Pike Jaws
Ronald Miller photo

When Alberton angler Mike Dominick netted the next Montana state record smallmouth bass this fall, word of the catch spread across social media like a hooked Missouri River brown trout taking a reel-ripping run.

Before day’s end, photos of the 7.51-pound lunker sprang up on the Montana Fishing Addicts’ Facebook page, with information about the angler, the catch and a string of questions and congratulatory comments running down the page.

When Townsend angler Jake Updike landed what is likely the largest northern pike taken on rod and reel in Canyon Ferry Reservoir, Townsend/Canyon Ferry Lake KOA’s Facebook shared the photos, getting more than 100 shares the first day. That photo also found a home on Montana Fishing Addicts and the 34-pound, 47-inch giant quickly began popping up in social media feeds.

Ferry pike

Jake Updike heaves the 34-pound northern pike caught over Memorial Day weekend on Canyon Ferry Reservoir.

“It’s been really surprising for me and Jeffrey Mack, because when we started the page we thought it’d be a local-to-Bozeman-type of group,” said Troy Warburton of Bozeman. “Now we have about 3,600 members including from other states and Canada.”

Montana Fishing Addicts launched as Montana Hardwater Addicts last year. Warburton says they wanted a discussion group focused on a positive approach to information sharing for ice fishing. They changed the name as summer approached and wanted to keep momentum going.

Troy Warburton

Troy Warburtopn, administrator of the "Montana Fishing Addicts" Facebook page poses with a a walleye he caught.

“Some of the other pages, there can be some big egos and people aren’t willing to share info,” he said. “We wanted the opposite of that.”

Page administrators do not censor posts, but have had to remove some who refuse to follow the rules.

“We’re all adults and you can disagree with someone, but you need to do it like an adult,” he said.

Montana Fishing Addicts has morphed into a mixture of memes, fishing reports and grip-and-grin photos. Warburton believes the memes provide some comedic relief that keeps the page fresh, and are a big reason why the page has grown so fast.

Interest in the page comes in waves, he said, with 10 to 15 requests per day to join over the summer. Administrators do have to wade through spam requests, but for the most part it is fun and rewarding to run the page.

“I’ve made a few friends just because of the page and a few that we’ve gotten together to fish,” he said. “We get a lot of messages from people that say they’re impressed with the page and grateful for the admins because we’re all about helping people out.”

Warburton has both offered information — such as tips for Canyon Ferry — and received information — like advice on Tongue River Reservoir — that has turned fishing trips around.

He acknowledges the immediacy that social media provides for anglers, and that some may not like it. Concerns about fishing pressure mean not everyone wants to give up secrets, and talk once reserved for tackle shops and boat launches is now available with a few clicks.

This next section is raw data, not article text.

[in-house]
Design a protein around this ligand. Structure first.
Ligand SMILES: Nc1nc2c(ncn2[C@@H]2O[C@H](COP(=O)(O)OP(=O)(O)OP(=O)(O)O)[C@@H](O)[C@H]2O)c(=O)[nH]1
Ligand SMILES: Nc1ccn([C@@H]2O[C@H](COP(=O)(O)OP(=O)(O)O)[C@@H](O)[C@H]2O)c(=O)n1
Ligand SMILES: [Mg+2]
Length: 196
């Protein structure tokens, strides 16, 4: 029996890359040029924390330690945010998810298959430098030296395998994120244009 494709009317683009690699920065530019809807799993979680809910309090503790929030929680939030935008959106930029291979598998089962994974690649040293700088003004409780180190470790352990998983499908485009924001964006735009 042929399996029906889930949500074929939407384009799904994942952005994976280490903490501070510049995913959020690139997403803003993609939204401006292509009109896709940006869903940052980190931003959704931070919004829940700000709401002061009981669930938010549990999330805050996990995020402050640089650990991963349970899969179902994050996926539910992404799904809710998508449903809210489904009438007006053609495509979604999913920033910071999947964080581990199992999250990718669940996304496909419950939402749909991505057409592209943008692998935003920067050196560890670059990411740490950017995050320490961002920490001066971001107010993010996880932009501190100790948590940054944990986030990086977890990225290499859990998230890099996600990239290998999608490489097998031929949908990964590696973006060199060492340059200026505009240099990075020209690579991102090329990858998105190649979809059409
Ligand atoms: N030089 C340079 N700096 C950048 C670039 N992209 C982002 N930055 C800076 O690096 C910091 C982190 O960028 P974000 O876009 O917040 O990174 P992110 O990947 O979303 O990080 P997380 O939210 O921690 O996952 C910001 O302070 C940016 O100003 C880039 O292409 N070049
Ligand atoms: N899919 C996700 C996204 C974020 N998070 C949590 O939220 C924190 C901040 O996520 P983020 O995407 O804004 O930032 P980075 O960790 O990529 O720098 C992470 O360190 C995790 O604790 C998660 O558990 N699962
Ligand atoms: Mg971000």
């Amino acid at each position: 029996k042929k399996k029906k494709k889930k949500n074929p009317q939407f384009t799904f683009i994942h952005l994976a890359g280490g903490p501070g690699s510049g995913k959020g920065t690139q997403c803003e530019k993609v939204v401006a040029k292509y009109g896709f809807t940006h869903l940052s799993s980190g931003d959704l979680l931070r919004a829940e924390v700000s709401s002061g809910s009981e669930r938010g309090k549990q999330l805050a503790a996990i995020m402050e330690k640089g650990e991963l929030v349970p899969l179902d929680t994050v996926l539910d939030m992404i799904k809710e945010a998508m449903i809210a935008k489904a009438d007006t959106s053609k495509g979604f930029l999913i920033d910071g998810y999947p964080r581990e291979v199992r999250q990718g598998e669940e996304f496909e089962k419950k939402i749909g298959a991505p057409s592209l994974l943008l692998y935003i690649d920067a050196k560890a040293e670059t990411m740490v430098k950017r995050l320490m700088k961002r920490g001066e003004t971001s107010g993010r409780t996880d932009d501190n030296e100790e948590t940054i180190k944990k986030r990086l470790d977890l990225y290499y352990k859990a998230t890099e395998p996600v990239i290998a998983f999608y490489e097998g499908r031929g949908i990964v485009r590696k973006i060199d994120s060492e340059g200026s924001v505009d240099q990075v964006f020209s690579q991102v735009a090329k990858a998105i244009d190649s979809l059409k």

“You go to Sportsman’s Warehouse and those boards might be good for the day they were written, but we all know those conditions change so fast,” he said. “With social media you can ask the question and get an answer, so I think it lets people have a better trip.”

Warburton sees some potential in Montana Fishing Addicts being recognized as a brand, but beyond considering some logoed apparel, he wants the page to continue to grow and stay a place to share stories and tips. The page will also offer occasional drawings for gear from local businesses, he said.

2017 Canyon Ferry Walleye Festival

A small walleye in the boat for one team during the 2017 Canyon Ferry Walleye Festival.

Montana Fishing Addicts is not the only angling resource available through Facebook.

Montana Hunting, Fishing and Outdoor Group boasts 1,700 members in an online classified setting.

Montana Ice Fishing’s 4,400 members share angling photos and offer answers for those seeking information on ice conditions and techniques.

Whether geographic or species specific, numerous other pages cater to a handful of anglers to a few hundred.

“I started the page on Dec. 17 last year, and I basically felt like there are a lot of people here in Montana that are trout and walleye fishermen, but you don’t really see much on pike,” said Ronald Miller of Great Falls, who launched the Facebook Page Montana Pike and Tiger Muskie Fishing.

Ronald Miller

Ronald Miller, pictured here with a 31-inch northern pike, launched Montana Pike and Muskie Fishing last year, which boasts more than 1,700 members. 

Miller has enjoyed the aggressiveness of pike and muskies ever since he was 13, and his dad bought him an 8-inch pike bait for Christmas. That summer he caught eight of the toothy predators in Tiber Reservoir while attending the Walleyes Unlimited Kid’s Fishing Camp, and he has enjoyed chasing them ever since.

“I love catching them, but there just wasn’t much out there on the topic so I decided to start the page,” he said.

As it turned out, a lot of Montana anglers craved a forum to talk pike and muskie fishing. Nearly 1,800 members now share reports and photos from Montana and beyond.

“At first I didn’t really know how to get it out there to get people to join, but once I shared it to a couple of fishing and hunting groups, all of a sudden I had 500 requests to join in the first three hours,” Miller said. “They were just like me, looking for something to do with pike here in Montana.”

Reporter Tom Kuglin can be reached at 447-4076 @IR_TomKuglin


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